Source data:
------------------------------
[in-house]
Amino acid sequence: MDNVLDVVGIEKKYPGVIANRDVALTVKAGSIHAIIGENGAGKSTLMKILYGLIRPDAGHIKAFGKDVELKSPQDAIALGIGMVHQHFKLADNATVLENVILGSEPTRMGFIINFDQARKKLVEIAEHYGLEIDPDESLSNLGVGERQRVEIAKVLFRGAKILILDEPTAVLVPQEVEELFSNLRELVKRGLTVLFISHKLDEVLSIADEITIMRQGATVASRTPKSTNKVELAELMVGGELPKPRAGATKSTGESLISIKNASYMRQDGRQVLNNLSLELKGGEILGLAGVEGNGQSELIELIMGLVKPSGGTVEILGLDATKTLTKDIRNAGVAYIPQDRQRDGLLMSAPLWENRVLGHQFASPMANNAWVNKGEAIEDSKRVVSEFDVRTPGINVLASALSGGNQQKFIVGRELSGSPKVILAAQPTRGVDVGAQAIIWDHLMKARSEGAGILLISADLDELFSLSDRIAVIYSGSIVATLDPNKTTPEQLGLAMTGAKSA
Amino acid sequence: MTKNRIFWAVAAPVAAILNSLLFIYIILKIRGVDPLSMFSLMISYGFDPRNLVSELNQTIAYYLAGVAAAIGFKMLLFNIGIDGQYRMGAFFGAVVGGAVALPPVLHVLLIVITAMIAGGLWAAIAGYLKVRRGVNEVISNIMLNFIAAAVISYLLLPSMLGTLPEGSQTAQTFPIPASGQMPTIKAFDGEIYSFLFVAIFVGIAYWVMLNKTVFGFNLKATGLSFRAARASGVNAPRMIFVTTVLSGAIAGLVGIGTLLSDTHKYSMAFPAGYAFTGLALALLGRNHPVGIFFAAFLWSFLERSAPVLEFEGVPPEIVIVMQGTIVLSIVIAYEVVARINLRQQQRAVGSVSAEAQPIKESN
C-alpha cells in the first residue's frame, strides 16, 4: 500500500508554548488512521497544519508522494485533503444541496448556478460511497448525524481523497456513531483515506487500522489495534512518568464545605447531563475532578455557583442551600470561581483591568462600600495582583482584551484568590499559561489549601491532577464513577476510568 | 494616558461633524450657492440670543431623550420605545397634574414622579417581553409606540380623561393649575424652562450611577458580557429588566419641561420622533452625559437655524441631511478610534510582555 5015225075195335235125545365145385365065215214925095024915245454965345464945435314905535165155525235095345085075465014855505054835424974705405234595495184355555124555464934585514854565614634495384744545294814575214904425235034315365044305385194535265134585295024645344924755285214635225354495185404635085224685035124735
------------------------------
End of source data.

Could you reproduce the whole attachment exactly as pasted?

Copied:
[in-house]
Amino acid sequence: MDNVLDVVGIEKKYPGVIANRDVALTVKAGSIHAIIGENGAGKSTLMKILYGLIRPDAGHIKAFGKDVELKSPQDAIALGIGMVHQHFKLADNATVLENVILGSEPTRMGFIINFDQARKKLVEIAEHYGLEIDPDESLSNLGVGERQRVEIAKVLFRGAKILILDEPTAVLVPQEVEELFSNLRELVKRGLTVLFISHKLDEVLSIADEITIMRQGATVASRTPKSTNKVELAELMVGGELPKPRAGATKSTGESLISIKNASYMRQDGRQVLNNLSLELKGGEILGLAGVEGNGQSELIELIMGLVKPSGGTVEILGLDATKTLTKDIRNAGVAYIPQDRQRDGLLMSAPLWENRVLGHQFASPMANNAWVNKGEAIEDSKRVVSEFDVRTPGINVLASALSGGNQQKFIVGRELSGSPKVILAAQPTRGVDVGAQAIIWDHLMKARSEGAGILLISADLDELFSLSDRIAVIYSGSIVATLDPNKTTPEQLGLAMTGAKSA
Amino acid sequence: MTKNRIFWAVAAPVAAILNSLLFIYIILKIRGVDPLSMFSLMISYGFDPRNLVSELNQTIAYYLAGVAAAIGFKMLLFNIGIDGQYRMGAFFGAVVGGAVALPPVLHVLLIVITAMIAGGLWAAIAGYLKVRRGVNEVISNIMLNFIAAAVISYLLLPSMLGTLPEGSQTAQTFPIPASGQMPTIKAFDGEIYSFLFVAIFVGIAYWVMLNKTVFGFNLKATGLSFRAARASGVNAPRMIFVTTVLSGAIAGLVGIGTLLSDTHKYSMAFPAGYAFTGLALALLGRNHPVGIFFAAFLWSFLERSAPVLEFEGVPPEIVIVMQGTIVLSIVIAYEVVARINLRQQQRAVGSVSAEAQPIKESN
C-alpha cells in the first residue's frame, strides 16, 4: 500500500508554548488512521497544519508522494485533503444541496448556478460511497448525524481523497456513531483515506487500522489495534512518568464545605447531563475532578455557583442551600470561581483591568462600600495582583482584551484568590499559561489549601491532577464513577476510568 | 494616558461633524450657492440670543431623550420605545397634574414622579417581553409606540380623561393649575424652562450611577458580557429588566419641561420622533452625559437655524441631511478610534510582555 5015225075195335235125545365145385365065215214925095024915245454965345464945435314905535165155525235095345085075465014855505054835424974705405234595495184355555124555464934585514854565614634495384744545294814575214904425235034315365044305385194535265134585295024645344924755285214635225354495185404635085224685035124735